My dad has been a truck driver all of his life, and he has spent a lot of time working for garbage companies. One of his favorite phrases and one I grew up listening to is "You're no better than the garbage man."
It's true. No one is better than anybody else. Everyone on this planet is a human. Every one of us has the same body composition. Every one of us matters. So where does the idea that someone who works for everyone's favorite fast food chain or someone who picks up the garbage you no longer want and discards of it properly is somehow both an inferior employee and person to someone who is a successful businessman in a big city?
I see this a lot in college. Everyone is working toward a degree that will score them a big job in a big city with a big salary, and this will equate to success. It means they've "made it," that they won't have to work a minimum wage job or a job they see as "less than ideal." In fact, it's almost a fear a lot of college students have; they fear that they will fail, they will never find a "successful" job, and they will end up working a minimum wage job.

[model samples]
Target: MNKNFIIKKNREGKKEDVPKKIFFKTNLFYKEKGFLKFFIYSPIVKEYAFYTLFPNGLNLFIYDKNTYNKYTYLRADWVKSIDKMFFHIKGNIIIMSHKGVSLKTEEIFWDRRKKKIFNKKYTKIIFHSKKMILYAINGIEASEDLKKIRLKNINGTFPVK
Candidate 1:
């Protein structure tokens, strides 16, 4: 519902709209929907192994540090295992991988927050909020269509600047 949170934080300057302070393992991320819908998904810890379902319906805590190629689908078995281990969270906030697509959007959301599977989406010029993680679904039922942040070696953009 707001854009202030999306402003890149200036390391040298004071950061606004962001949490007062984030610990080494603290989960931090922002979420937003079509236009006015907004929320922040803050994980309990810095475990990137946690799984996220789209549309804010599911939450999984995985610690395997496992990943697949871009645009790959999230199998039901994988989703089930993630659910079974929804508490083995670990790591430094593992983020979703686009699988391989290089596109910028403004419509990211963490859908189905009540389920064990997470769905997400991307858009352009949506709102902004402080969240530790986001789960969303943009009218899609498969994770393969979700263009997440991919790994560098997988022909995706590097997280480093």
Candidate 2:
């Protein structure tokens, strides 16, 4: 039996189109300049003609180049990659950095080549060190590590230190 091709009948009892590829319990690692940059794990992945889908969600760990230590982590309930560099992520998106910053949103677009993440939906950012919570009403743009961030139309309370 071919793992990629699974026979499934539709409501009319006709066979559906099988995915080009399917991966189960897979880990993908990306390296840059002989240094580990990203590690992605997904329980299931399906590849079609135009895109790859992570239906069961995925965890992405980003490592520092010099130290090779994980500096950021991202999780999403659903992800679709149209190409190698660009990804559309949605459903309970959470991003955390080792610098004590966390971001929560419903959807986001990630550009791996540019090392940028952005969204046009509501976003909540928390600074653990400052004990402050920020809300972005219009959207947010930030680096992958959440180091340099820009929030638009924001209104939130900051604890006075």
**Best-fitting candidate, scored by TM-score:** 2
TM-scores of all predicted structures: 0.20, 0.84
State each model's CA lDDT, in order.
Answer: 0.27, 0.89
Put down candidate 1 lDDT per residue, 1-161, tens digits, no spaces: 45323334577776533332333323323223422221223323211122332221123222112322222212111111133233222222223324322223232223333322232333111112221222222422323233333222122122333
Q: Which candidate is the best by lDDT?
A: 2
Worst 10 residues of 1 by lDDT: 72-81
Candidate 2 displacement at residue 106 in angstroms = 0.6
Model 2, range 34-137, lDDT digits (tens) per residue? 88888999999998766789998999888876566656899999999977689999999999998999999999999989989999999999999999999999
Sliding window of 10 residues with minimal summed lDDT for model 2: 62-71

Recently, I was watching a movie where one of the main characters was a barista, waiting for her big moment to come where she finds a job that is better than the one she has. But a customer makes it a point to tell her that her job matters. She gives coffee to people with a smile. She makes their mornings better. Her job matters. And it's like she's never thought about that before.
I think this is something everybody, whether they work the jobs no one wants, or they work the jobs everyone wants, should know--your job matters. If it didn't, it wouldn't exist. So on your hardest days, when you want to quit, don't. Just remember that what you are doing, despite stereotypes, despite how much you make, despite your hours--it matters.
Always remember that you're no better than the garbage man, and you'll be able to see the worth in your life and in others lives.